Three weeks ago we left Susui in Vanua Balavu and sailed overnight to Fulaga in the Southern Lau.
Fulaga is known as the ‘jewel of the Lau’ and certainly lives up to its reputation. It is one of the most idyllic places in Fiji that we have visited so far.
Getting into the lagoon is done by negotiating a narrow pass in the reef that must be timed carefully with the tides. Get it wrong and it will be a pretty wild and dangerous ride. Good light and a lookout on the bow is a must, even when following a set of waypoints. Fortunately we arrived in very calm conditions and held station outside the reef for a few hours until the tide was inflowing.
We picked our way across the crystal blue lagoon and into Mosquito Bay , which is the anchorage for access to the main village.
We went ashore in order to offer our sevusevu and were met by the village headman . He accompanied us on the 20 minutes stroll to the village. Fulaga is only accessible by boat, so visiting yachts are the only tourists. We presented our sevusevu to the Chief who gave his permission for us to move freely around the island and waterways.
Each yacht is then assigned a ‘host’ from the village. This is essentially your ‘go to’ person if you require anything whilst visiting.
Our host was a gentlemen called Tai, who proved to be great fun. We spent time a fair bit of time with him during our stay ,chatting over fresh drinking coconuts which he cut fresh from the tress , along with a straw made from the stem of a papaya tree – super eco friendly 🙂.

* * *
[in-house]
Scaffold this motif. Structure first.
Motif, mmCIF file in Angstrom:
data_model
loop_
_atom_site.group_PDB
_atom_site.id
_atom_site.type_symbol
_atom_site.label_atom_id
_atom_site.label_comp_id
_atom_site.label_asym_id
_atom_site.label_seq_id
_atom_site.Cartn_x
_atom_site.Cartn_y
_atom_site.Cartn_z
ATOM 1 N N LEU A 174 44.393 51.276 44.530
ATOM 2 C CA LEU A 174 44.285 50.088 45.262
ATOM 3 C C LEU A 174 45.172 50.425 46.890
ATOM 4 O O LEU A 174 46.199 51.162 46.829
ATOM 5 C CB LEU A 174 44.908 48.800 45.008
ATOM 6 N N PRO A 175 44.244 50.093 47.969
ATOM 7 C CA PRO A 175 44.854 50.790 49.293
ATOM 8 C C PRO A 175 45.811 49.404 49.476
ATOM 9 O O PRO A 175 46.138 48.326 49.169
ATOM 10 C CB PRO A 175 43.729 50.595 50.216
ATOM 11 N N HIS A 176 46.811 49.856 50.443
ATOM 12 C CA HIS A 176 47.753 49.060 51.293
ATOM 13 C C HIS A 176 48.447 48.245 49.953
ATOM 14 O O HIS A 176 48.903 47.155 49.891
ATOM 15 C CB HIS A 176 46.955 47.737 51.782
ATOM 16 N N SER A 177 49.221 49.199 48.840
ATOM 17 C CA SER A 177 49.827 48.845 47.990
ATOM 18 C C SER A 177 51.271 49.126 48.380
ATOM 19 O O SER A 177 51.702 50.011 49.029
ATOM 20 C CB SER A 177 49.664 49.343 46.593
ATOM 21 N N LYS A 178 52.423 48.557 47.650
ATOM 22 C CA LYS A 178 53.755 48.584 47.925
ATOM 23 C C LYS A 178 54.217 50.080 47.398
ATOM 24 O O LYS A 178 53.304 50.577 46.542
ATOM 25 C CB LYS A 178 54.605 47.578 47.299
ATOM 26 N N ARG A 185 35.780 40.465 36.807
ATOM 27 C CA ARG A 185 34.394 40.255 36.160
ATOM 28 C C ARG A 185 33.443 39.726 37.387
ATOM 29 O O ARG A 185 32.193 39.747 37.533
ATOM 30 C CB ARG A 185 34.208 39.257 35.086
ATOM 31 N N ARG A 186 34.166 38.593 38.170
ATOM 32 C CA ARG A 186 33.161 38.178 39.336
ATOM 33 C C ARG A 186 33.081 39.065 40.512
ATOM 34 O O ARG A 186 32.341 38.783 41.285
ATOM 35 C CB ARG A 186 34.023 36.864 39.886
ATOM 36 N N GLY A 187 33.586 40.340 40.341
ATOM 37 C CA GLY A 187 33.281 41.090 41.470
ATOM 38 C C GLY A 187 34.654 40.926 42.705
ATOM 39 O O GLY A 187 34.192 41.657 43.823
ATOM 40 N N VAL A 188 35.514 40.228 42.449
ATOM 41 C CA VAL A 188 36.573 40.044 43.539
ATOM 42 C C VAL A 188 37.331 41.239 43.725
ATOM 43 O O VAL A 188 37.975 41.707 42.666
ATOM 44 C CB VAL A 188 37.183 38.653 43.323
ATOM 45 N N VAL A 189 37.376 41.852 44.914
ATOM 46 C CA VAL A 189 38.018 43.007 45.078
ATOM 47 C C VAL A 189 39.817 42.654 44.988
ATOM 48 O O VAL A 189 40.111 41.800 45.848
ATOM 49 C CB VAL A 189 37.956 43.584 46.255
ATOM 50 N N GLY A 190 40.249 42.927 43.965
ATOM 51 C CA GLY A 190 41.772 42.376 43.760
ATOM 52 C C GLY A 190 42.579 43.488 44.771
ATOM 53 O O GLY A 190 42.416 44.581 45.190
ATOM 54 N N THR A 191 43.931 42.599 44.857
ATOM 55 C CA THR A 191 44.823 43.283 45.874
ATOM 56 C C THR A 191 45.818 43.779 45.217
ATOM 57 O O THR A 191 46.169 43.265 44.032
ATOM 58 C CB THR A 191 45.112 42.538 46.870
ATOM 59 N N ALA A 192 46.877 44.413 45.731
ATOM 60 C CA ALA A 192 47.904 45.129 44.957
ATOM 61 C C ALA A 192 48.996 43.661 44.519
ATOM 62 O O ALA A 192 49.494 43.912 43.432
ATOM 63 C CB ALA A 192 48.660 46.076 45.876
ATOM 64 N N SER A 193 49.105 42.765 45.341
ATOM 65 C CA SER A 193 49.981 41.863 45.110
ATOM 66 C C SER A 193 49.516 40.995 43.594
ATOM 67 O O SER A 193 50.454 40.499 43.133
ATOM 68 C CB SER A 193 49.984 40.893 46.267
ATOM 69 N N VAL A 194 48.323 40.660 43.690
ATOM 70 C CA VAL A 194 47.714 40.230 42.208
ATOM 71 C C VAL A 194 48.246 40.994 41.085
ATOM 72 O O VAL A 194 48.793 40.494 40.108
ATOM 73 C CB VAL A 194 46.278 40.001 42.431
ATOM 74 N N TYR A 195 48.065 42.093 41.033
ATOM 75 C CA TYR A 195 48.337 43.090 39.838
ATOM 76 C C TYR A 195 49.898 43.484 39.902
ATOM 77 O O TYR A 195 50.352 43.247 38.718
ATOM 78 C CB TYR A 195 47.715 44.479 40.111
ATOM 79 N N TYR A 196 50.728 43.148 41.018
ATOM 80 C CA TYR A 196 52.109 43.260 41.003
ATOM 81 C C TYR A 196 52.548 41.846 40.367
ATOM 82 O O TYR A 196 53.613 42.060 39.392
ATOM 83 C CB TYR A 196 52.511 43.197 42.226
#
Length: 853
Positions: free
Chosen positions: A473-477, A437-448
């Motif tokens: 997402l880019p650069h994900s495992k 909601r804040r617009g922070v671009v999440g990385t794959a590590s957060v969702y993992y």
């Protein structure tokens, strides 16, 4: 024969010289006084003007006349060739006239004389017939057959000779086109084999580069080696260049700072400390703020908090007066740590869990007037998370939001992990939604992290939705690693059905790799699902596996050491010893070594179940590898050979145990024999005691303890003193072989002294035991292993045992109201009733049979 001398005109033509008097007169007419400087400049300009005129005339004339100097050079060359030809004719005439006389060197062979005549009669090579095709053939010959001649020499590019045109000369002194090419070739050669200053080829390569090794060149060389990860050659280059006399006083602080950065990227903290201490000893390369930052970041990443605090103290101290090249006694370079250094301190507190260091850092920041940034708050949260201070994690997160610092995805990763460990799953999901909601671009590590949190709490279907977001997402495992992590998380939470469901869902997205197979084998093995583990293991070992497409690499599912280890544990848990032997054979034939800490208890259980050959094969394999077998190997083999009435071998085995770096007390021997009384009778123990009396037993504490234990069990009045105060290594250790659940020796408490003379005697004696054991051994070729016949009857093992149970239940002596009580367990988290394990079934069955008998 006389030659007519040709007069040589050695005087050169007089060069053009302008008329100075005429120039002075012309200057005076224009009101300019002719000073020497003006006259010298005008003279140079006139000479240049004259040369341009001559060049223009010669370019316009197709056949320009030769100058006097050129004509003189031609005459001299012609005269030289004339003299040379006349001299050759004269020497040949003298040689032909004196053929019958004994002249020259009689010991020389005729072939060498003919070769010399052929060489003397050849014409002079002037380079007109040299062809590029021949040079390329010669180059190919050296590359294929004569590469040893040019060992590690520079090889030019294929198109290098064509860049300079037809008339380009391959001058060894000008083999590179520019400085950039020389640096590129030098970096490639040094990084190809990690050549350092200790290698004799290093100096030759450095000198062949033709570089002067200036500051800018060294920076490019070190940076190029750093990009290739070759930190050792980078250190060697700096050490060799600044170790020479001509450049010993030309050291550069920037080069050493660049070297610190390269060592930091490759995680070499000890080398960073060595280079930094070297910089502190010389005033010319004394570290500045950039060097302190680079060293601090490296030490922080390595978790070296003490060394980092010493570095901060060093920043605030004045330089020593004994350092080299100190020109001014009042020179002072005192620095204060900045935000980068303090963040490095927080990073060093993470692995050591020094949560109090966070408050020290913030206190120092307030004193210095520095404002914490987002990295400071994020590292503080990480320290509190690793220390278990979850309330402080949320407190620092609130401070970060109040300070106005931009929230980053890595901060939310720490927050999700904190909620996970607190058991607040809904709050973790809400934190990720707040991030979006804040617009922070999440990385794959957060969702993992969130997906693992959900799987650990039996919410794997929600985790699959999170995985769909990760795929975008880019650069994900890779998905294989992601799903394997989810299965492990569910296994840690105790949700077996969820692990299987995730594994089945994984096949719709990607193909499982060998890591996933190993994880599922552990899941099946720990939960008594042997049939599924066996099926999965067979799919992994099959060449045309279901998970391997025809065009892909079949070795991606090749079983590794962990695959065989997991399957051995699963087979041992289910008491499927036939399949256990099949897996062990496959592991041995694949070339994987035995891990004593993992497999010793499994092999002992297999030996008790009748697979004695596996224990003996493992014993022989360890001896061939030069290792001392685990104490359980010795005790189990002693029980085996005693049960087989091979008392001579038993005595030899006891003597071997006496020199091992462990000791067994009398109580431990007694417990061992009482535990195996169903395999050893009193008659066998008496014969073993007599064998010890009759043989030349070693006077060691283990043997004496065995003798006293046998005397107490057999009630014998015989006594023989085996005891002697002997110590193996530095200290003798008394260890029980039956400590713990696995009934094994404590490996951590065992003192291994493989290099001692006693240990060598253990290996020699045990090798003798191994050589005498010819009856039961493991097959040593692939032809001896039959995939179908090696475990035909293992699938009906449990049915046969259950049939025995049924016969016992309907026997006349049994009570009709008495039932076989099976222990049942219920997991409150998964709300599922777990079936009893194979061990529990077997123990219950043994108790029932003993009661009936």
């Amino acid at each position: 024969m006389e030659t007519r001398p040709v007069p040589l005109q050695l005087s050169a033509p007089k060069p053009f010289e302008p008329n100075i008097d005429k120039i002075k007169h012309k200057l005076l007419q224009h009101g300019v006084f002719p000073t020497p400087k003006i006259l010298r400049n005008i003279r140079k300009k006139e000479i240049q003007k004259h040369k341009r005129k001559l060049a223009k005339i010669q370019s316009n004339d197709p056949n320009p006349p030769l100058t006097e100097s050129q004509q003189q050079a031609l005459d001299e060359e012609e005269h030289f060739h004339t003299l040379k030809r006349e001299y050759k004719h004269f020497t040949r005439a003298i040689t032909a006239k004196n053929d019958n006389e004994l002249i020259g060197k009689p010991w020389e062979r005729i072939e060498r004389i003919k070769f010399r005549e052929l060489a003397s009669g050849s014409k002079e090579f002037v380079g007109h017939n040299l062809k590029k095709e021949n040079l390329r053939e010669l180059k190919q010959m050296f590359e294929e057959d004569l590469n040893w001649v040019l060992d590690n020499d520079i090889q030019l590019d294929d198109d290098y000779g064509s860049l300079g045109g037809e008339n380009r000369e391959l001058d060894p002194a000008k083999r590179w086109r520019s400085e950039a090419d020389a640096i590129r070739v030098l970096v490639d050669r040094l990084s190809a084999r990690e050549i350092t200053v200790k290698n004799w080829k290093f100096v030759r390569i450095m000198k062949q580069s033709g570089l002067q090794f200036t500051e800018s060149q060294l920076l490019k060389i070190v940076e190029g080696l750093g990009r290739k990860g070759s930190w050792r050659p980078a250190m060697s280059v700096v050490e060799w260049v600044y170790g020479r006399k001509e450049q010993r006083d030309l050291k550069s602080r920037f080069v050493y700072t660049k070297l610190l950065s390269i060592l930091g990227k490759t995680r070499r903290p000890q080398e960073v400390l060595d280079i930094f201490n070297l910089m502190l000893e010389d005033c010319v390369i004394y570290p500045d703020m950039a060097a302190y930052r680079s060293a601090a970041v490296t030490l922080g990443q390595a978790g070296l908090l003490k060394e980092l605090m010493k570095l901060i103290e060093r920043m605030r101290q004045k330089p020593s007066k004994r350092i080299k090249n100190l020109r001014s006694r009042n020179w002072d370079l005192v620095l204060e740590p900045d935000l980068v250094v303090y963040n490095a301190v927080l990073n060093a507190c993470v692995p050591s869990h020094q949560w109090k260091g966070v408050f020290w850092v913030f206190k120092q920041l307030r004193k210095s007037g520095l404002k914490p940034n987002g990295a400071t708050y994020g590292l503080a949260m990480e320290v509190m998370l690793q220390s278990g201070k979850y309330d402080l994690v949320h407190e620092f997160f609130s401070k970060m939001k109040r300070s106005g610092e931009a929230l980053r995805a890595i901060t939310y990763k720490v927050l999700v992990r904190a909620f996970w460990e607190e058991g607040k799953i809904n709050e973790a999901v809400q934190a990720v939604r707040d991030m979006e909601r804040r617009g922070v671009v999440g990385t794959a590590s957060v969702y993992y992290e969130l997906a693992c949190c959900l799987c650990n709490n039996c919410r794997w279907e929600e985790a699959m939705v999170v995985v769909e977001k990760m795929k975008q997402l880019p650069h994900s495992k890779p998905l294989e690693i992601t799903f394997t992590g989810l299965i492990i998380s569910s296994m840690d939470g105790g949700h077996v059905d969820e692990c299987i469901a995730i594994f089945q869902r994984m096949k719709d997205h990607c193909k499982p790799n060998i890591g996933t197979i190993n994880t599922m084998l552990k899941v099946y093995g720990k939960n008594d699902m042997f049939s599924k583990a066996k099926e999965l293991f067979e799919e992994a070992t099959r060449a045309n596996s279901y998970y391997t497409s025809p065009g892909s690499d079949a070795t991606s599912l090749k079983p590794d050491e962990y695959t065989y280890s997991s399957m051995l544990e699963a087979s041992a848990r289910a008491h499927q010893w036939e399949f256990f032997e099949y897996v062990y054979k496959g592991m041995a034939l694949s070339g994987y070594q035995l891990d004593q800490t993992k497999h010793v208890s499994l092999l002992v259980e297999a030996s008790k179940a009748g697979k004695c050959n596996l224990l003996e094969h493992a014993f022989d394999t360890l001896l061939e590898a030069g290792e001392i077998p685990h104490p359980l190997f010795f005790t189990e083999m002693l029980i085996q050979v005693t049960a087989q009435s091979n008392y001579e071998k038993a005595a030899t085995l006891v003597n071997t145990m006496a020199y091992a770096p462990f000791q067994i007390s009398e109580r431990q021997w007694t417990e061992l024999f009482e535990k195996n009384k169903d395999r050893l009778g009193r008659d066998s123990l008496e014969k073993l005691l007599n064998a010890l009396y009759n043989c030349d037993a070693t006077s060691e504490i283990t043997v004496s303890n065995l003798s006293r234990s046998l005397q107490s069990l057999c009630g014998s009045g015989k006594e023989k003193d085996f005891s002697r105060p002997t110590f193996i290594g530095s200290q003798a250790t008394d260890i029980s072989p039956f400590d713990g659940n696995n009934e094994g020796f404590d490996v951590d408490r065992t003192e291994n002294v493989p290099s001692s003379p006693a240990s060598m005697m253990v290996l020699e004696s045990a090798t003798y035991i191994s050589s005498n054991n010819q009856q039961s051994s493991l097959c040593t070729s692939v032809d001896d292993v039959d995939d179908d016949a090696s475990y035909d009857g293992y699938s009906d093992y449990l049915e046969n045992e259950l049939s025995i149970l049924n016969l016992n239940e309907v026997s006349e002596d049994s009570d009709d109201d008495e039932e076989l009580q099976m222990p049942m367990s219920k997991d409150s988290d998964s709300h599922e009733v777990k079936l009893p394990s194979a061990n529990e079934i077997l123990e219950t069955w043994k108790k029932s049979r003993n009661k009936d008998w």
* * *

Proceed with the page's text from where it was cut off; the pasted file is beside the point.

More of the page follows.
The next three weeks flew by. We were hopping from one anchorage to another inside the protection of the lagoon. It is dotted with small mushroom islets and larger islands which provide great shelter from any wind angle.
The Sandspit anchorage was one of our favourites. We walked around to the to the windward side on the low tide. Waves crashed over the outer reef ,whilst the inner reef was a myriad of blue and turquoise gin clear water and white powdery sand . Just stunning. Darren the drone was kept very busy indeed .
It is very humbling to see how these remote villages get by and how little they have, but how happy they are to welcome visitors and to welcome us into their homes .
The locals rely on what they grow and what they can catch in the lagoon. There is a ferry that provides the basic food supplies for the village ‘shop’ once a month, but some items are often not delivered. This month, they were out of flour, so we were happy to donate Tai a bag so that he could make some bread .
Tai has a garden and was happy to sell us some fruit and veggies. We got bananas, breadfruit, pawpaw, Fijian cabbage (which is like spinach), sweet potato, pumpkin, and cassava .
We really enjoyed the slower pace of life and topped the visit off by celebrating Jo’s birthday on the aptly named gods island in the middle of the lagoon.
We then had a cracking 36 hour downwind sail to Suva. We are now anchored off Lami bay and plan to explore Suva for about a week as we get resupplied and do a couple of chores.